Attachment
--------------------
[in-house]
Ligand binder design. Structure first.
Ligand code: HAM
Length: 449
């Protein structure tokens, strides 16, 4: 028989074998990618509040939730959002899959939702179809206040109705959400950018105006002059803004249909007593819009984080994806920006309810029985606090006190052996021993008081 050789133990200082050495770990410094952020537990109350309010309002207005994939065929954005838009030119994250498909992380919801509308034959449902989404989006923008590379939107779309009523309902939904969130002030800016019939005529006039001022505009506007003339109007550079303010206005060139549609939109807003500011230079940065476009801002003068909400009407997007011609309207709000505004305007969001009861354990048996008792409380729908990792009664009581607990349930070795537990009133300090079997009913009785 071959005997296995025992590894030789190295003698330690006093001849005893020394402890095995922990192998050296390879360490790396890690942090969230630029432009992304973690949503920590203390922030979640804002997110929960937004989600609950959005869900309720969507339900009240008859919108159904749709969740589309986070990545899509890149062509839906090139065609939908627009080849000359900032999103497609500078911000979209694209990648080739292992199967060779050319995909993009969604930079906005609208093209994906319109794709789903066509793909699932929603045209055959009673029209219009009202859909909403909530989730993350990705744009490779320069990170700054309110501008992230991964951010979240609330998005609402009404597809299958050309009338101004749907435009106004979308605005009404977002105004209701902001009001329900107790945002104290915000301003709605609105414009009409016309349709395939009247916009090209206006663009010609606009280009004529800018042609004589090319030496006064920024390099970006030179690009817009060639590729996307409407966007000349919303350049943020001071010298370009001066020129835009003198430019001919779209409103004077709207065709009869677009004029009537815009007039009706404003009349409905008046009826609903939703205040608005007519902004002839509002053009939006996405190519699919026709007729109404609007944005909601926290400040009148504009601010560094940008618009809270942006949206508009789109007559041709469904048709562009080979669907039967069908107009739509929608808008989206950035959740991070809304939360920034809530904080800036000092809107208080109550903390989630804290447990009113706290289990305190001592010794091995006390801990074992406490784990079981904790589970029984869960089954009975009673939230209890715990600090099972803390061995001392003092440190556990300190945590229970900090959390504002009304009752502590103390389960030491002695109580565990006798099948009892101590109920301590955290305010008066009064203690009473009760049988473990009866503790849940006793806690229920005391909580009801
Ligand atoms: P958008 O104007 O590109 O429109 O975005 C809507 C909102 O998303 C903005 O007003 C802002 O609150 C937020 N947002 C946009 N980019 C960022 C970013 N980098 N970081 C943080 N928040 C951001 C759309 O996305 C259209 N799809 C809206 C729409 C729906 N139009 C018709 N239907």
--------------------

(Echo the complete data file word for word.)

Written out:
[in-house]
Ligand binder design. Structure first.
Ligand code: HAM
Length: 449
């Protein structure tokens, strides 16, 4: 028989074998990618509040939730959002899959939702179809206040109705959400950018105006002059803004249909007593819009984080994806920006309810029985606090006190052996021993008081 050789133990200082050495770990410094952020537990109350309010309002207005994939065929954005838009030119994250498909992380919801509308034959449902989404989006923008590379939107779309009523309902939904969130002030800016019939005529006039001022505009506007003339109007550079303010206005060139549609939109807003500011230079940065476009801002003068909400009407997007011609309207709000505004305007969001009861354990048996008792409380729908990792009664009581607990349930070795537990009133300090079997009913009785 071959005997296995025992590894030789190295003698330690006093001849005893020394402890095995922990192998050296390879360490790396890690942090969230630029432009992304973690949503920590203390922030979640804002997110929960937004989600609950959005869900309720969507339900009240008859919108159904749709969740589309986070990545899509890149062509839906090139065609939908627009080849000359900032999103497609500078911000979209694209990648080739292992199967060779050319995909993009969604930079906005609208093209994906319109794709789903066509793909699932929603045209055959009673029209219009009202859909909403909530989730993350990705744009490779320069990170700054309110501008992230991964951010979240609330998005609402009404597809299958050309009338101004749907435009106004979308605005009404977002105004209701902001009001329900107790945002104290915000301003709605609105414009009409016309349709395939009247916009090209206006663009010609606009280009004529800018042609004589090319030496006064920024390099970006030179690009817009060639590729996307409407966007000349919303350049943020001071010298370009001066020129835009003198430019001919779209409103004077709207065709009869677009004029009537815009007039009706404003009349409905008046009826609903939703205040608005007519902004002839509002053009939006996405190519699919026709007729109404609007944005909601926290400040009148504009601010560094940008618009809270942006949206508009789109007559041709469904048709562009080979669907039967069908107009739509929608808008989206950035959740991070809304939360920034809530904080800036000092809107208080109550903390989630804290447990009113706290289990305190001592010794091995006390801990074992406490784990079981904790589970029984869960089954009975009673939230209890715990600090099972803390061995001392003092440190556990300190945590229970900090959390504002009304009752502590103390389960030491002695109580565990006798099948009892101590109920301590955290305010008066009064203690009473009760049988473990009866503790849940006793806690229920005391909580009801
Ligand atoms: P958008 O104007 O590109 O429109 O975005 C809507 C909102 O998303 C903005 O007003 C802002 O609150 C937020 N947002 C946009 N980019 C960022 C970013 N980098 N970081 C943080 N928040 C951001 C759309 O996305 C259209 N799809 C809206 C729409 C729906 N139009 C018709 N239907």